Health Lifestyle Seasonal

Four Ways to Stay Healthy This Flu Season

February 1, 2018
flu

Flu season is here and it’s back with a vengeance.

The news and media are warning that this flu season is intense, and 36 states are dealing with widespread flu activity. A high fever, chills, a sore throat, and a long-lasting nasty cough are the symptoms to expect this year. Yikes.

It’s not surprising that many of us are searching for some quick cold and flu remedies. We need some immune helpers that we can use at our first sneeze or cough so, hopefully, we can get better faster.

Look no further! Here are four tools to help you stay healthy through this flu season:

  1. Elderberry to the rescue!

Elderberry is an unsung hero in supporting our immune system through a cold or flu.

Its superpower is simple, yet effective. It’s very high in anthocyanins, which is a family of potent antioxidants that can bind to viruses, stopping them in their tracks[1][2].

Elderberry can also help you if you do get sick. Research has found that elderberry can reduce both the severity of your symptoms and the duration of your flu[3]. Elderberry also helps to clear out your lungs if you get a stubborn cough.

I use Flora’s Elderberry Crystals (US/CA). They’re easy to use (I just mix them with water) and they spend the winter on my counter, ready to go at the first moment I feel a cold or flu coming on. They’ve kept me healthy all season long.

They’re also safe to take on a daily basis, which is great for anyone who works with a lot of people each day, like teachers or retail staff.

  1. Bump up your Vitamin C

Vitamin C is a natural flu fighter. Research has found that taking a high dose of vitamin C when you first start to feel a bug can reduce your symptoms by 85 percent![4]

Enjoying more citrus fruits, strawberries, and kale during the winter can help. However, research has found that we need a higher dose of vitamin C to feel the benefits.

Flora’s Acerola Powder (US/CA) provides 900 mg of whole food vitamin C—not just ascorbic acid—per scoop! I add it to my elderberry crystals to amp up their flu-fighting power.

  1. Rest, rest, and more rest

Your immune system works best when you’re relaxed. This is why we tend to get sick right after a big deadline or lots of stress. The moment you relax, your immune system comes back to full power and finds whatever virus has been hanging out while you were stressed. That’s when you start feeling symptoms.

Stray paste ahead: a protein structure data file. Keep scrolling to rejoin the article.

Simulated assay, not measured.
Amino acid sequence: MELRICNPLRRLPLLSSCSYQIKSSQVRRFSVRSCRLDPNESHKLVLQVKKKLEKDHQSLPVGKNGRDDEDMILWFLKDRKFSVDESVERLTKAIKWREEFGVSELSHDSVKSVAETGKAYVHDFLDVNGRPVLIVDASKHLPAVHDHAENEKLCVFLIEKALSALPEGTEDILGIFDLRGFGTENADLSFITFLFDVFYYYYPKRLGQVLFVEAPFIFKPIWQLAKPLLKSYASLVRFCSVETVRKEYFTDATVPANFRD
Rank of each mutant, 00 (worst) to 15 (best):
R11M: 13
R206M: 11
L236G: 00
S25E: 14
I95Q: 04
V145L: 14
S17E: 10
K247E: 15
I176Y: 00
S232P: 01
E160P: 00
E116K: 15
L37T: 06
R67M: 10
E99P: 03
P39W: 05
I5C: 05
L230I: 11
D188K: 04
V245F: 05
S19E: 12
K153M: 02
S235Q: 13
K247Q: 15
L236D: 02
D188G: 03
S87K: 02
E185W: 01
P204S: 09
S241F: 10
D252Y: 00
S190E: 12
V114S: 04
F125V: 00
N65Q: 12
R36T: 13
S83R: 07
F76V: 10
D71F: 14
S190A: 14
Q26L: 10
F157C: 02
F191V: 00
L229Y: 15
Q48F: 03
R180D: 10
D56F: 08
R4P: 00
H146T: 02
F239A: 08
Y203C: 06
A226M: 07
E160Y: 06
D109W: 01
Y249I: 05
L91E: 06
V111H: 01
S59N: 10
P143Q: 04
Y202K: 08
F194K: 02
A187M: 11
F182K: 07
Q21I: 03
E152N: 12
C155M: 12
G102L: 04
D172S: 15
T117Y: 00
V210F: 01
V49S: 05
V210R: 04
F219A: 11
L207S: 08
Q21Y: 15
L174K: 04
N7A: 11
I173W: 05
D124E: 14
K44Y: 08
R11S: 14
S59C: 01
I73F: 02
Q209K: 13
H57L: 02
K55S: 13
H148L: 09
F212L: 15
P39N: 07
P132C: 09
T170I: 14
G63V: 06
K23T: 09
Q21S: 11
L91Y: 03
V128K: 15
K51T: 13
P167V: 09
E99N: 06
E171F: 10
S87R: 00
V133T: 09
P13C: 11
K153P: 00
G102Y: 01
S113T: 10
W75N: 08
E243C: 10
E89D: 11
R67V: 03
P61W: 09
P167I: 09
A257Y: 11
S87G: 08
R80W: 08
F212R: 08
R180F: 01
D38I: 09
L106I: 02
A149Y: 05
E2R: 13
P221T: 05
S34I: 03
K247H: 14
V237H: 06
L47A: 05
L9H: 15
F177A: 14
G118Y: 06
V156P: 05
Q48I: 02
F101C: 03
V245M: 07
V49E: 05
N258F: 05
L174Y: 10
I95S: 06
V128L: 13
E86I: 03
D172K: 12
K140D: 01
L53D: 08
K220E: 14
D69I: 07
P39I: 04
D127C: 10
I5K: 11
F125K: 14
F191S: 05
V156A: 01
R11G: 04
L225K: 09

If you’re feeling symptoms, take a day off—or two, if you can. Cut back on your commitments, and put couch-time, Netflix, and sleep at the very top of your to-do list.

The more you rest at the beginning, the faster you’ll feel better. A day or two off now will help a lot in your recovery.

  1. Extra sleep, all winter long

Have you noticed that your energy is a bit lower in the winter? That it’s harder to get up in the morning and you’re feeling a little more sleepy in the evenings?

Before our modern era of electricity and addictive social media, we slept longer in the winter. Those long, long nights triggered extra melatonin production, and we did our own mini-hibernation.

Our body would still like that extra sleep, but we rarely give it what it’s looking for. But it doesn’t take a lot! Just an extra half hour of sleep each night during the winter can really help our mood and energy.

Less screen-time before bed, a cooler house, or a wonderfully relaxing Epsom salt bath can help us feel sleepy a bit earlier.

Sleep helpers like Soothing Camomile tea (US/CA) or Sleep-Essence (US/CA) can help our body relax and let us sleep deeper, even if we don’t get more sleep-time. An extra hour or two on the weekends can help fill in the gaps.

The cold and flu season won’t be quite as scary with a few simple ingredients on hand.

 

Lisa Kilgour is a Registered Holistic Nutritionist (RHN), founder of LisaKilgour.com, and a faculty member at the Canadian School of Natural Nutrition.

[1] https://www.ncbi.nlm.nih.gov/pubmed/19682714
[2] https://www.ncbi.nlm.nih.gov/pmc/articles/PMC3056848/
[3] https://www.ncbi.nlm.nih.gov/pubmed/27023596
[4] https://www.ncbi.nlm.nih.gov/pubmed/10543583

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